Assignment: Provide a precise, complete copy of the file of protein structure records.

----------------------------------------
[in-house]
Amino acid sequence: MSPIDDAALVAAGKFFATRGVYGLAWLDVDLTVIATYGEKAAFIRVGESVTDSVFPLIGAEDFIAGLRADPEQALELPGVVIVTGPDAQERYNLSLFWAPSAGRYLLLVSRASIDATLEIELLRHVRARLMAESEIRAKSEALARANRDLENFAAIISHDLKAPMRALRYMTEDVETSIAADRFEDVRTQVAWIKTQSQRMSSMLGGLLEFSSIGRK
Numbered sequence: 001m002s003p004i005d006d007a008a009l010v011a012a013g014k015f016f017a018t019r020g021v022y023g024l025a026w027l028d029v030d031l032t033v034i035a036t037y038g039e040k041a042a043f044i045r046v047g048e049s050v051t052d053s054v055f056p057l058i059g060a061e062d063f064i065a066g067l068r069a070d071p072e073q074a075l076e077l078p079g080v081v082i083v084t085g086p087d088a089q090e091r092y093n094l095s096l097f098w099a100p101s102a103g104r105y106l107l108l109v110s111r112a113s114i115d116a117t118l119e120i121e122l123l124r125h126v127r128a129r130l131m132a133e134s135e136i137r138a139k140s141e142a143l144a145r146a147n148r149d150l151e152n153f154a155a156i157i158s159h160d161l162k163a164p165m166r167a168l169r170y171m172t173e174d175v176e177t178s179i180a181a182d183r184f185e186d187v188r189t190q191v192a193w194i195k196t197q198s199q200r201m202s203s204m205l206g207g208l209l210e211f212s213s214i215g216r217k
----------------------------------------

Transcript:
[in-house]
Amino acid sequence: MSPIDDAALVAAGKFFATRGVYGLAWLDVDLTVIATYGEKAAFIRVGESVTDSVFPLIGAEDFIAGLRADPEQALELPGVVIVTGPDAQERYNLSLFWAPSAGRYLLLVSRASIDATLEIELLRHVRARLMAESEIRAKSEALARANRDLENFAAIISHDLKAPMRALRYMTEDVETSIAADRFEDVRTQVAWIKTQSQRMSSMLGGLLEFSSIGRK
Numbered sequence: 001m002s003p004i005d006d007a008a009l010v011a012a013g014k015f016f017a018t019r020g021v022y023g024l025a026w027l028d029v030d031l032t033v034i035a036t037y038g039e040k041a042a043f044i045r046v047g048e049s050v051t052d053s054v055f056p057l058i059g060a061e062d063f064i065a066g067l068r069a070d071p072e073q074a075l076e077l078p079g080v081v082i083v084t085g086p087d088a089q090e091r092y093n094l095s096l097f098w099a100p101s102a103g104r105y106l107l108l109v110s111r112a113s114i115d116a117t118l119e120i121e122l123l124r125h126v127r128a129r130l131m132a133e134s135e136i137r138a139k140s141e142a143l144a145r146a147n148r149d150l151e152n153f154a155a156i157i158s159h160d161l162k163a164p165m166r167a168l169r170y171m172t173e174d175v176e177t178s179i180a181a182d183r184f185e186d187v188r189t190q191v192a193w194i195k196t197q198s199q200r201m202s203s204m205l206g207g208l209l210e211f212s213s214i215g216r217k